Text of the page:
COVID-19: Accelerating the European North-South Divide?
Recently, the European Union Commission generated a €1.85trn recovery package.
One should note, that the money is to be generated by going to the market and generating long term loans.
“The commission said that repaying the borrowed money would begin under the next-next EU budget after 2027, and last until 2058 “at least”, seeking the maximum maturity of 30 years on the loans. It argues they could be refinanced with a combination of new own resources, such as the digital tax, or carbon border tax, taxes on large companies, if governments agree to them, without new money from EU countries.”
And the recovery plan would pay out money to nations as they complied with EU objectives.
“For member states to access the €560bn through the new, so-called Recovery and Resilience Facility, countries will need to draw up reform programmes in line with the EU priorities of digitalisation and greening the economy.
“The commission will then assess these programmes and other member states can have a say too. Once the programs are approved, money can be distributed. The new money will come with conditions attached.
“The national programs need to follow the commission’s economic advice on deficit and debt.”
These quotes are taken from a May 28, 2020 article published by EUObserver.
A underlying challenge facing Europe as a Union has been the significant North-South divide and the question of the German role in managing the divide.
This challenge has clearly accentuated with the impact of COVID-19.
In a policy brief by Christian Odendahl and John Springford published on May 21, 2020 by the London-based Centre for European Reform, the authors analyze this impact.
COVID-19 is not a ‘symmetric’ shock to Europe’s economy.
The economic costs of lockdowns, and the continued social distancing measures that follow them, will be different across countries and regions.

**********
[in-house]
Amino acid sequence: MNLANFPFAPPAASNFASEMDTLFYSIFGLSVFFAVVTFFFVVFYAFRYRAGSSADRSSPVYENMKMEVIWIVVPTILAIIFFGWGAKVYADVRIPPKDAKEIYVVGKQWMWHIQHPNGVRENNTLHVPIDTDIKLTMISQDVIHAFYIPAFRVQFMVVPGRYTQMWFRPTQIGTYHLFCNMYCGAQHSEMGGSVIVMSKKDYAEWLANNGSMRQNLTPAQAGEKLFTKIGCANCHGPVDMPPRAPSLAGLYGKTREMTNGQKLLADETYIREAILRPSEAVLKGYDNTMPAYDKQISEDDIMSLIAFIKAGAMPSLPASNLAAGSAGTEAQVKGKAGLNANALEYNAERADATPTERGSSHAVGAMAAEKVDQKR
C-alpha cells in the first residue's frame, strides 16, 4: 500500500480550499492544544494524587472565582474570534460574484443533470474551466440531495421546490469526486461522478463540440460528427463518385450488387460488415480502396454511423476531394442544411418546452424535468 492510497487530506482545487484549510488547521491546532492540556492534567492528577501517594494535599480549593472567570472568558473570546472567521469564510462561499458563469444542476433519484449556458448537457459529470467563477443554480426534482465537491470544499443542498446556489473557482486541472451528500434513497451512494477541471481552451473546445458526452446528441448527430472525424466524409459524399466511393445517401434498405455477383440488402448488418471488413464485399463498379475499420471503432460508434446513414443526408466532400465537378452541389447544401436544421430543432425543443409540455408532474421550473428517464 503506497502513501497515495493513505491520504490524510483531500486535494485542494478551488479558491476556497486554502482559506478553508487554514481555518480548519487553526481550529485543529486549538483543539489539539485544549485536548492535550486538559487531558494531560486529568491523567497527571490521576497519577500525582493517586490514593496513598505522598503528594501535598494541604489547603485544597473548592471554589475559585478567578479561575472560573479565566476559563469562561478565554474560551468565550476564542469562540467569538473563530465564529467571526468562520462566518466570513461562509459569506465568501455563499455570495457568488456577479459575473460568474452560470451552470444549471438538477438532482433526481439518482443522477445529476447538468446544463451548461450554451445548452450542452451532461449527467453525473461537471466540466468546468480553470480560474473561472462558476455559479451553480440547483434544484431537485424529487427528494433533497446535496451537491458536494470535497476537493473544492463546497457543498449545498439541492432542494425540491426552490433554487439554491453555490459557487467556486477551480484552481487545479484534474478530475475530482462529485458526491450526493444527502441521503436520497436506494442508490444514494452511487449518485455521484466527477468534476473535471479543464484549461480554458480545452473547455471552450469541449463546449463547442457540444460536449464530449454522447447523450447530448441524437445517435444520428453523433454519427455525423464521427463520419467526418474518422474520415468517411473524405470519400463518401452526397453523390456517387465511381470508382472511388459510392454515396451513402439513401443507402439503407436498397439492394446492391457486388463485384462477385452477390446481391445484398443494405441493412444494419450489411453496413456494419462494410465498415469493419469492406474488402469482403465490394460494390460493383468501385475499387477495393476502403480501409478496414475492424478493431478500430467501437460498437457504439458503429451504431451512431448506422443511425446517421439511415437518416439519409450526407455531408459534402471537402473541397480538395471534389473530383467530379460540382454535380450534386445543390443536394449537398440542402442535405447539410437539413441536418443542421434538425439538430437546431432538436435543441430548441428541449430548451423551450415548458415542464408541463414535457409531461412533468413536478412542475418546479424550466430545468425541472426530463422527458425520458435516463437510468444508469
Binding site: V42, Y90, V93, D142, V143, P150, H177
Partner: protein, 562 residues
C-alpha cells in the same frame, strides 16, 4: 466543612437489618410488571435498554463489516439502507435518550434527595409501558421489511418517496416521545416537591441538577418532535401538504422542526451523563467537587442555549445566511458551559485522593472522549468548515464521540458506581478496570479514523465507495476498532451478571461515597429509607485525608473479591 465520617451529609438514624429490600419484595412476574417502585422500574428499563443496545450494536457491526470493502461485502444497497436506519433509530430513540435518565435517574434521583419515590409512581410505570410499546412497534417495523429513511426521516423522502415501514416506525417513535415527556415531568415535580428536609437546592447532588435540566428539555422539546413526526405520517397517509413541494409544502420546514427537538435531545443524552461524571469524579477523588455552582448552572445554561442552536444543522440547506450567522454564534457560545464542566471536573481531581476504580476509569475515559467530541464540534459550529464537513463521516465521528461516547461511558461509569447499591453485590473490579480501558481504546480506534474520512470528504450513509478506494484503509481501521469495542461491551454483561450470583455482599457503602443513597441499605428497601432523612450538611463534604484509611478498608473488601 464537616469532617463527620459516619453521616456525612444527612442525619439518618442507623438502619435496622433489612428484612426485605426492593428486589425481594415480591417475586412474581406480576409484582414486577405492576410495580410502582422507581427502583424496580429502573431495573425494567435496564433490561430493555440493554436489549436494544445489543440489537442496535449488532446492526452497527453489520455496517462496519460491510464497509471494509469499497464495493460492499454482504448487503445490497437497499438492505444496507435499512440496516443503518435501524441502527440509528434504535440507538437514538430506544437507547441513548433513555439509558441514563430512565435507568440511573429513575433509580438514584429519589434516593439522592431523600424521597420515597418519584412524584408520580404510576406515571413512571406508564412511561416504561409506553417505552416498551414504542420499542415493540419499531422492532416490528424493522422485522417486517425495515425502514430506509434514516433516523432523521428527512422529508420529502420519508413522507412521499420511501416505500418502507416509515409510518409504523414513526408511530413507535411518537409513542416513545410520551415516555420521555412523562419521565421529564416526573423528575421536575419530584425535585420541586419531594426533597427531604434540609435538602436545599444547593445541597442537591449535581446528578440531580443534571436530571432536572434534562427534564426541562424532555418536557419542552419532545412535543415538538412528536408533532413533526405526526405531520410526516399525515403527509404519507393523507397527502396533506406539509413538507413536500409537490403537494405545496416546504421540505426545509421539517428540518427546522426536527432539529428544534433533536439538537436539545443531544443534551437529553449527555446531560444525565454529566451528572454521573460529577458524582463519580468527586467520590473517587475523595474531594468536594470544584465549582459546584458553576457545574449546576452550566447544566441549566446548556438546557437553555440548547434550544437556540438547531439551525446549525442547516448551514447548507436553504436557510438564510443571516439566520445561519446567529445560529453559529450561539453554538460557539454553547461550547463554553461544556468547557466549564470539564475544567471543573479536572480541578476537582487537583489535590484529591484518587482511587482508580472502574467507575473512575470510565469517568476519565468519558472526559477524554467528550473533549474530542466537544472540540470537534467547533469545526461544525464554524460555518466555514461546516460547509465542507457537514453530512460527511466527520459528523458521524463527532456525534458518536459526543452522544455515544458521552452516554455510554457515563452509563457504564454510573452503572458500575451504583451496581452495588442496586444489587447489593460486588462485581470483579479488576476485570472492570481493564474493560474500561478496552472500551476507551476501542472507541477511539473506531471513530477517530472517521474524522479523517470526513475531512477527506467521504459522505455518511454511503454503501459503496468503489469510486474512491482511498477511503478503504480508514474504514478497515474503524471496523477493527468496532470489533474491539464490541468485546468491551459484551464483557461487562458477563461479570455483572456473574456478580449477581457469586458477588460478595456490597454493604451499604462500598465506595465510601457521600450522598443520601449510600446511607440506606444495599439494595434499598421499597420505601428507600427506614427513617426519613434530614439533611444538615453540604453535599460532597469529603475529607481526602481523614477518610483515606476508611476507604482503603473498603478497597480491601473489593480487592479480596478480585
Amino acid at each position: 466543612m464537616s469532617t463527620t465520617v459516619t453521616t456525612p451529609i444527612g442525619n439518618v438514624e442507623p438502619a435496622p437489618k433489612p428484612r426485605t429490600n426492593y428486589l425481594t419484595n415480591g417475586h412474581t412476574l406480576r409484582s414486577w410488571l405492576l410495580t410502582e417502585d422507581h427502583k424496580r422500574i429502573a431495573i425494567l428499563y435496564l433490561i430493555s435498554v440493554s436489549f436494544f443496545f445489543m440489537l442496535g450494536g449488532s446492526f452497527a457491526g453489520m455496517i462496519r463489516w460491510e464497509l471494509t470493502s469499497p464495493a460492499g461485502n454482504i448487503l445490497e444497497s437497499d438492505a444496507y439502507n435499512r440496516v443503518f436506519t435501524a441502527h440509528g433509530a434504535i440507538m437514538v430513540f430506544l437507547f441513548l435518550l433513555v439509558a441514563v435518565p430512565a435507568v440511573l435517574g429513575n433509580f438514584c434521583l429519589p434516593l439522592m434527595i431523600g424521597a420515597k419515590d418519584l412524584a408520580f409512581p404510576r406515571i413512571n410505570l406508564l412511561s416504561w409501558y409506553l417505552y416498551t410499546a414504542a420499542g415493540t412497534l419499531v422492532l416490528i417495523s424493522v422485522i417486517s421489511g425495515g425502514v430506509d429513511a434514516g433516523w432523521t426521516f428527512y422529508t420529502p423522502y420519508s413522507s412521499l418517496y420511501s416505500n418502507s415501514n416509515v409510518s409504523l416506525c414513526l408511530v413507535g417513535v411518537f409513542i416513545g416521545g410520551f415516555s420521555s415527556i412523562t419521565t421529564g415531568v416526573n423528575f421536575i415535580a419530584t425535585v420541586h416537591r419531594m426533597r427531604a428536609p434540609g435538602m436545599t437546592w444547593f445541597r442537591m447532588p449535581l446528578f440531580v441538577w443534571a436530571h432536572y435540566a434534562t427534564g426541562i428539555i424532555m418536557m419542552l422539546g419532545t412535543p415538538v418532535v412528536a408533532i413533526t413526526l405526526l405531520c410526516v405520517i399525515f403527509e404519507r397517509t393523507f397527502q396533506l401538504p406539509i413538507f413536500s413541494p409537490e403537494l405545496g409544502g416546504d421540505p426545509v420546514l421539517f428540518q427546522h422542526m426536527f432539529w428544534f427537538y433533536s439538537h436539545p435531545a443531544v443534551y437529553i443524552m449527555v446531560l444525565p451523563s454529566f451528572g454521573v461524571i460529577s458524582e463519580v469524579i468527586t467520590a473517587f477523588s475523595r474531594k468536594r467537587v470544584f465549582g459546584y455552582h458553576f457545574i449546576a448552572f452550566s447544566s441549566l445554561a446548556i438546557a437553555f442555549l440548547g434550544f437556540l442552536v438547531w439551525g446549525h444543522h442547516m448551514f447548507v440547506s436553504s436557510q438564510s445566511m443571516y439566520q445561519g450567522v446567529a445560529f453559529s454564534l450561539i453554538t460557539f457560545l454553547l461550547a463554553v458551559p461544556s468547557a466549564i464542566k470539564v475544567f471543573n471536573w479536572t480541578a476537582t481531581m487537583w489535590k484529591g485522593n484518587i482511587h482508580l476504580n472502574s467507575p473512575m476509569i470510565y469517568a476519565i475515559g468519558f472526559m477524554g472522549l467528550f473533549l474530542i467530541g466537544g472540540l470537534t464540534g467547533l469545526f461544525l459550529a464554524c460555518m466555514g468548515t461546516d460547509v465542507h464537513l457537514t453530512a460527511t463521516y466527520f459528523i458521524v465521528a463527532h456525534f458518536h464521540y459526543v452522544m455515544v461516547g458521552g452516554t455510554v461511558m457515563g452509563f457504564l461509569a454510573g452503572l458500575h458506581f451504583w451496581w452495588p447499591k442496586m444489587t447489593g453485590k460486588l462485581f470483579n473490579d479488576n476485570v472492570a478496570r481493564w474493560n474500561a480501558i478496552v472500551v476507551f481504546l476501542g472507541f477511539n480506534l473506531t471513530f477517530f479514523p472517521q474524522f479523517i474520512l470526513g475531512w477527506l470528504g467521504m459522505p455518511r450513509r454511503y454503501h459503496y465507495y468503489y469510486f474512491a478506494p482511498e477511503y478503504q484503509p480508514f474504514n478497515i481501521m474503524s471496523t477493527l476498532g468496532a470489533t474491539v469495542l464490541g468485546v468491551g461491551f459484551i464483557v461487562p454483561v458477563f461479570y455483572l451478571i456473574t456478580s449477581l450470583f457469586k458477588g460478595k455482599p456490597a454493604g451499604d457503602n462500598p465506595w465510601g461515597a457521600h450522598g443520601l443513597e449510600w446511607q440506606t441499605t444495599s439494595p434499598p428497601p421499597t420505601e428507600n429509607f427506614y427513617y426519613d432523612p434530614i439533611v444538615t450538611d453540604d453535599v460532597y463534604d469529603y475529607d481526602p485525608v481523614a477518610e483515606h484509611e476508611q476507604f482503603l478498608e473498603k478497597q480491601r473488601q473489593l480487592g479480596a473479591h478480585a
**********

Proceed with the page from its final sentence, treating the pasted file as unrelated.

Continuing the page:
And some governments are better able to offset the costs of these measures than others – and to stimulate their economies once the virus is under control.
We identify three ways in which COVID-19 will be a force for divergence.
First, lockdowns in countries with larger outbreaks will last longer.
France, Italy, Spain, and the UK have had the worst outbreaks in Europe. Most countries in Europe have imposed comparably stringent lockdowns – and for each month that they go on, around 3 per cent of annual GDP is lost. But lockdowns will continue until the number of infections has fallen to a low level. Our simulations suggest that this will take many weeks longer for France, Italy, Spain and the UK than it will for Austria, Germany and Poland.
Second, through a new analysis of the impact of lockdowns on Europe’s regions, we show that regions in Southern Europe are likely to suffer larger and more long-lasting recessions than those in the north and east.
The manufacturing and tourism sectors are hardest hit by lockdown measures, and tourism will remain limited even when lockdowns are lifted.
Finally, Southern European governments are less able to offset the costs of COVID-19, and their higher debt levels will weigh on the recovery. We show that consumer confidence has been hit hardest in countries that have enacted less stimulus.
And higher debt-to-GDP ratios will probably result in higher borrowing costs for governments. Consequently, with more tax and business revenues being used to finance debt, there will be less capacity for investment. Unless the EU’s fiscal rules are reformed, they will also require Southern Europe’s governments to rapidly cut debt, which will reduce growth over the medium term.
Further economic divergence is bad in and of itself.
But it will also make European politics even more fractious.
Slow growth in some regions provides fertile ground for the far right and left, and undermines the appeal of the EU as a ‘convergence machine’.
During the initial months of the COVID-19 crisis the EU’s richer countries balked at large outright transfers to the worst-affected countries.
Now, the Franco-German proposal for a €500 billion ‘recovery fund’ has the potential to forestall further divergence, if sceptical countries in Northern and Central Europe can be persuaded to accept significant transfers to Southern Europe.
Agreeing the details of the fund will be hard, and the sceptics may demand more money from the EU budget in order to sign up.
The EU’s fiscal rules are too rigid, and mandate the reduction of debt even when economies are weak. Now is the time to reform them: the aim should be to stabilise debt levels once the pandemic is over, and to let growth reduce debt over time.
EU Commission president Ursula von der Leyen and EU council president Charles Michel are seen in the featured photo which is credited to the Council of the European Union).